PC Week's (now eWEEK's) birth year-1984-was a busy one for technology. One platform that began to take shape at that time was focused not on hardware or software but on licensing. Richard Stallman quit his job at MIT to start the GNU project, an effort to produce a clone of the Unix operating system to be distributed under a license that would ensure users' freedom to run, modify and redistribute the software. The open-source model has since driven much innovation in enterprise technology.
years ago, this publication began chronicling the ecosystem that had sprung up
around IBM's PC. It
was a platform that proved remarkably fertile, owing not only to the "business-approved"
blessing that came with the IBM brand but
also to the platform's open architecture.
Week's birth year-1984-was a busy one for technology, one that saw, among other
things, AT&T divest itself (temporarily, at least) of its local telephony
holdings to take a crack at monetizing its own remarkably fertile, open
architecture platform, Unix. However, where innovation on the PC platform
quickly spread beyond IBM's control,
AT&T chose an opposite course for Unix, attempting to tighten its grasp on
the previously freewheeling platform.
a third platform began to take shape in 1984-one not principally of hardware or
software but of licensing. It was that year when Richard Stallman quit his job
at MIT to start the GNU project, an effort to produce a clone of the Unix
operating system to be distributed under a license that would ensure users'
freedom to run, modify and redistribute the software.
the time I started at PC Week Labs (very soon to be eWEEK Labs) in 1999, IBM's PC,
AT&T's Unix, and Stallman's GNU toolchain and GPL license had-with the
keystone addition of Linus Torvalds' Linux kernel-emerged as a serious
challenger in enterprise computing and the prime example of the newly coined
"open-source" model of development.
the 10 years that I've been a part of eWEEK Labs, I've seen Linux-based
operating systems progress at an astonishing rate, moving from light-duty,
edge-of-network tasks to the heart of enterprise data centers.
the desktop, my experiences with Linux have gone from painful, in 1999, to
workable, in 2002, to satisfying, in 2004. Since about 2006, when Ubuntu Linux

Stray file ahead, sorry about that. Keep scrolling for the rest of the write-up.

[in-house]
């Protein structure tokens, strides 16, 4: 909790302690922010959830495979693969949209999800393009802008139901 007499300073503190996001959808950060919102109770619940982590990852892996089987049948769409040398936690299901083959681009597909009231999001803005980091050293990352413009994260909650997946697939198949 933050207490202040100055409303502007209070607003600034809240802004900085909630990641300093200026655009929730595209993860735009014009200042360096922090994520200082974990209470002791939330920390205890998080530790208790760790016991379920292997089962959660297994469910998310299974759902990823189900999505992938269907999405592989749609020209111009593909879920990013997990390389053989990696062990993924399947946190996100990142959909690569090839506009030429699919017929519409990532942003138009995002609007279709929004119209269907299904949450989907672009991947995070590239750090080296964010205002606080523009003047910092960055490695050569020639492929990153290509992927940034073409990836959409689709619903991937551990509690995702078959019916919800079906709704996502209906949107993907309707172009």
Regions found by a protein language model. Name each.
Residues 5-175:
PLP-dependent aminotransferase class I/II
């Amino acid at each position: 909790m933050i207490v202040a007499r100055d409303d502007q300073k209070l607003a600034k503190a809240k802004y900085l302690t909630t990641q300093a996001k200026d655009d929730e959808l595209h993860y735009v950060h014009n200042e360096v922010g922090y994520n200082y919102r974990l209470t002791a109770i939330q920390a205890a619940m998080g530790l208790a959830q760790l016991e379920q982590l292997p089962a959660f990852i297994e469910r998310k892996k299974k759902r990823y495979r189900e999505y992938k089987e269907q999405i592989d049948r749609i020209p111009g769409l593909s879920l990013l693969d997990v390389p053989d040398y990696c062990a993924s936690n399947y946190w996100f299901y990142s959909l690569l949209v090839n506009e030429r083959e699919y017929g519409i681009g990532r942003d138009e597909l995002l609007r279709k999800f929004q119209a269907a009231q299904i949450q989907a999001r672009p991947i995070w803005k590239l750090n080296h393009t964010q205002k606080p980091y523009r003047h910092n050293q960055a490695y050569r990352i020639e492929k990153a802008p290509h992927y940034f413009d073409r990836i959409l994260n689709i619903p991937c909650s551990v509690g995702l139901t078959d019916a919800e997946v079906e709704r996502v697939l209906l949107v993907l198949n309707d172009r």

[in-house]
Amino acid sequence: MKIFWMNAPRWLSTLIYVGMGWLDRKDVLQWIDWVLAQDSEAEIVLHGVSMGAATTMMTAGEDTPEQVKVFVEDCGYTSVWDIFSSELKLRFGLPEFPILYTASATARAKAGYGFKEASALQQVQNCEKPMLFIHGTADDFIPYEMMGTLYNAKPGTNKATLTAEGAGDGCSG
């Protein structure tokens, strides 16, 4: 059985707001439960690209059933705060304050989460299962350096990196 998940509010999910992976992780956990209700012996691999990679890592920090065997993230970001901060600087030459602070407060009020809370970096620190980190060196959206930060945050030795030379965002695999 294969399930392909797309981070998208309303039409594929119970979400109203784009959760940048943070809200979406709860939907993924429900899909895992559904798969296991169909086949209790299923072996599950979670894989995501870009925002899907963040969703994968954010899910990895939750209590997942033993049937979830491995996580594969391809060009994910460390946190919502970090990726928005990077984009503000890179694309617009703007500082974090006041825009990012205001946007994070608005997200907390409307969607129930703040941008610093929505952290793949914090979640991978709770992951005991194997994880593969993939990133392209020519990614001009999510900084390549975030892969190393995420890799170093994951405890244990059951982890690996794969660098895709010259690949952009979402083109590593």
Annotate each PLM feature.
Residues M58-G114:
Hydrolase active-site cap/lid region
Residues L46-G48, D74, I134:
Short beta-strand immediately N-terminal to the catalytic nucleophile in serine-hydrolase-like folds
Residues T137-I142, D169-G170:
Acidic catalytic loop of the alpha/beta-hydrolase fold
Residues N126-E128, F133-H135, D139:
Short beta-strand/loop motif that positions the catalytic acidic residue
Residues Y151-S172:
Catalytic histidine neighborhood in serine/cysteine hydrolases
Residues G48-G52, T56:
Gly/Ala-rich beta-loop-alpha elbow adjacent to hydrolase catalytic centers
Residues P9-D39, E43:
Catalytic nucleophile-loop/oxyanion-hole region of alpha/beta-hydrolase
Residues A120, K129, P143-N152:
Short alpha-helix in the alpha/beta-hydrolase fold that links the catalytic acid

hit its stride, I've been convinced that a tipping-point-type flip toward Linux
isn't a matter of if but of when. That may sound absurd, but the velocity of
innovation we've seen on Linux during the past 10 years couldn't paint a
of the relatively mature server and desktop fields, the footprint of Linux and
open-source software is even more dramatic. Cloud computing and Web 2.0
wouldn't exist as we know them today without Linux and open source, and every
time some new appliance or gadget hits the market, there's a good chance that
it's Linux that's driving the hardware.
the quick pace at which it progresses, one of my favorite things about open-source
software is the way that it-like the personal computer itself-can dramatically
broaden access to technologies previously available only to large
an eWEEK Labs analyst, I've come into contact with many products and services
priced wildly out of reach for an individual entrepreneur. The example that
always comes to mind for me is Blue Martini, an e-commerce suite that my former
colleague Tim Dyck reviewed about six months after I started here. The product
was priced at (raise pinkie finger to mouth) $1 million-plus consulting
open source has spread into the realm of enterprise applications, it's become
possible for an individual or a department within a larger organization to
adopt or try out an e-commerce suite like Blue Martini-or a database, CRM suite, data
integration tool, you name it-set in a free, community-supported incarnation
before stepping up to a formally supported version (or not, depending on the
impossible to know where technology will lead us in the 25 years to come, but
I'm confident that open source will be the engine that will get us there.
Executive Editor Jason Brooks can be reached at